Visit to Upalada Tribal School
My visit to Orissa had a triple-fold objective. I gave invited technical lectures at NIT Rourkela, UCE Burla and JITM Gajapati which followed with faculty discussion/workshop on topics such as VLSI, Processor/Circuit Design, and Computer-aided Design .
My second objective was related to an earlier proposal I had made to Intel HigherEd for a socially-conscious program of technical excellence by setting up “Centers of Excellence” in VLSI/CAD area at some of the academic institutes. This holds out a promise of long term benefits to Intel, India’s tertiary education and the community. I and my colleagues also think that we should proactively drive up the demand side of the quality education equation throughout -- via interesting “discovery and wonder” projects such as “Computing for Masses” mentioned below, faculty-development workshops, targeted curricula improvement, and distant lectures by world-wide experts, etc. Thus I had discussions with several department heads and director/principals of the institutes of interest regarding few foundational approaches to a center of excellence: how to prepare and apply for starting such programs with the help of concerned Industry.
The third objective was to locate some socially-conscious professors in these institutions to further our “education” cause. I met a couple of socially-conscious academics such as Prof. Turuk of NIT Rourkela who hails from Koraput, and Prof. Acharya of Baragarh Engg. College who is making strides to spread “scientific temperament” among people.
Perhaps one of the most interesting aspect of my visit to Jagannath Inst. Of Technology and Management (JITM) is the Computing for the Masses (CFM) prototype which we are help build at their Computer Science department. After a seminar talk on VLSI, and a faculty round-table discussion, I turned my focus to the CFM project. I met with the engineering students and the Lab Technician (Prabhat babu) who are technically shepherding this project, and our contacts Dr. Dhanada Mishra (Principal) and Dr. Sujata Dash (HoD). I saw the working prototype with a server powering 5 diskless thin clients. It needed a specific boot-rom to further save on costs, and I just heard they got it installed!. We have allocated $100 as an award for the students who show leadership in collaborating with the highschool counterparts, and in establishing community technology “self-help groups” and “training camps” to make the Computing for the Masses projects effective, productive and sustainable.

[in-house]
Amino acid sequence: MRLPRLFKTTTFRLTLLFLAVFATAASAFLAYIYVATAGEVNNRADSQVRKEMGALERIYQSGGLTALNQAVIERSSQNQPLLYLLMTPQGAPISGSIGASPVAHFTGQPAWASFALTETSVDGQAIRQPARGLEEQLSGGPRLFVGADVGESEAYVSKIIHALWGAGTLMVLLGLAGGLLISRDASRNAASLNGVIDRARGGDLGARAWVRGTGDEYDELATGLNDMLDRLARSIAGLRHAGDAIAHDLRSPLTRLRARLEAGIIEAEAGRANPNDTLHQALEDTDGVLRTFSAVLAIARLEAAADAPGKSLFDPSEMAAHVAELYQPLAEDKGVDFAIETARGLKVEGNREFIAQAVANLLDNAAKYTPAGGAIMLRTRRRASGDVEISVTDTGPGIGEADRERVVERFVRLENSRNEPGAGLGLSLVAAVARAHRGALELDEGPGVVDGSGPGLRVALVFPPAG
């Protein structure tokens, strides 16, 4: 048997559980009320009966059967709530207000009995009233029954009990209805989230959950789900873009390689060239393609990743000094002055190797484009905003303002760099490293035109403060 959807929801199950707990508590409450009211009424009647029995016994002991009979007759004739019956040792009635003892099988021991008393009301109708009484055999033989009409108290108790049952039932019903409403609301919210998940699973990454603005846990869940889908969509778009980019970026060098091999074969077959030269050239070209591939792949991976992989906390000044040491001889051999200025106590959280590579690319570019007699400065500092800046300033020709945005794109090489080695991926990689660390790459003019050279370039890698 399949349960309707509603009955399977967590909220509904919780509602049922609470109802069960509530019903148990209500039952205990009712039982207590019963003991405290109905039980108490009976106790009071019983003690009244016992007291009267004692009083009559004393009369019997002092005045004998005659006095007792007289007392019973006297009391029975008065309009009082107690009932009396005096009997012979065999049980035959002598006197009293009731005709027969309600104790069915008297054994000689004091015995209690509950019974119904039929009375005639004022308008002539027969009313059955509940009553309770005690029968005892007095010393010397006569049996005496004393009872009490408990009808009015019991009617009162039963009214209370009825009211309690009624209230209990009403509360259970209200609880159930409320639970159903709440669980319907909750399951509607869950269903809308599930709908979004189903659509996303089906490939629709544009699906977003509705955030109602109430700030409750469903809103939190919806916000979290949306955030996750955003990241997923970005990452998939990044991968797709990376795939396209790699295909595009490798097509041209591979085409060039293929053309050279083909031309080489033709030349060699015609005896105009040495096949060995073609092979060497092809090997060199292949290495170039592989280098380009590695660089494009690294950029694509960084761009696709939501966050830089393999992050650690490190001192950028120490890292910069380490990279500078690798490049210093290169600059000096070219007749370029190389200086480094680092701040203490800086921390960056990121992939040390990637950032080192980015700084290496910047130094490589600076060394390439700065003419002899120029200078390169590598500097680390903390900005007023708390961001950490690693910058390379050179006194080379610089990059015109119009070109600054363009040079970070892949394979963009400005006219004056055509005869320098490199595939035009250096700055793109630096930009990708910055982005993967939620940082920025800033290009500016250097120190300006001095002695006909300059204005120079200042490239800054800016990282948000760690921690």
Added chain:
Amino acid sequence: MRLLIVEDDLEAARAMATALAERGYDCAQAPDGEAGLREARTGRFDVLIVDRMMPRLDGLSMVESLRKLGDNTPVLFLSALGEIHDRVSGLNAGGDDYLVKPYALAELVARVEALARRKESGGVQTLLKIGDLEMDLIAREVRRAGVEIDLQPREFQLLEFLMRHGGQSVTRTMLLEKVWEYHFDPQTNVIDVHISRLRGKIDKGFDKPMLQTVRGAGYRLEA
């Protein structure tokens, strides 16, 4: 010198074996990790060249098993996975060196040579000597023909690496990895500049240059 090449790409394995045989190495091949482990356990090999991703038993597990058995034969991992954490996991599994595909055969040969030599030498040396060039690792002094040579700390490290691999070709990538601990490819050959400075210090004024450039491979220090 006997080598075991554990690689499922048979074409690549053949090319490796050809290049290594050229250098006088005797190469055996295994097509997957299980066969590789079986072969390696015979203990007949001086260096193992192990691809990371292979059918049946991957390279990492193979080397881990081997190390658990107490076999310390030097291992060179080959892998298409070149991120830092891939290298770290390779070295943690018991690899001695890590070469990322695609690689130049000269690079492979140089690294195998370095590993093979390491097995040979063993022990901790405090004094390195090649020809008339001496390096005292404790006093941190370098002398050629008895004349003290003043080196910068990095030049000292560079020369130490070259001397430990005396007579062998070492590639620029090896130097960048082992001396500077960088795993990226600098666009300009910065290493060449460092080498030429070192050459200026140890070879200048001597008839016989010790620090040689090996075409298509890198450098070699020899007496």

I also visited the nearby Upalada tribal high-school where the prototype will be installed to provide the first “computing network for the masses” based on our socio-economic and technological vision for the state. The following pictures are of the working model that I oversaw at JITM, and of the students/staff showing great interest, both from technical and societal standpoints, in this endeavor.
The 5 “diskless thin-clients” are shown in the left picture above and are networked with the Server on the right running an open-source Linux derivative.
Darshan is standing next to the head-of-the-dept. Dr. Sujata Dash, and several senior students and the lab instructor.
The Upalada school (near the border between Andhra Pradesh and Orissa) is the site for our first deployment of the “computing for the masses” project.
2. On the Christmas Day, I presented a talk on SEEDS at the state’s capital where I was present to speak at the “Symposium on Orissa Development” attended by several ministers and government officials.
3. I met with Mr. Subhash Choudhury, a senior commisioner in Andhra Pradesh, who has tremendous experience in the area of Rural Math Talent Search project partnered by SEEDS, and Foundation For Excellence, and spoke to the director Prof. Swadhin Pattnayak of the Institute of Mathematics and Applications which is developing under a wonderful collaboration of government, industry, and members of the civil society. I also spoke with the administrative staff of a rural Women’s College about establishing computer application courses, and about the “Computing for the Masses” project.
Priyadarsan (Darshan) Patra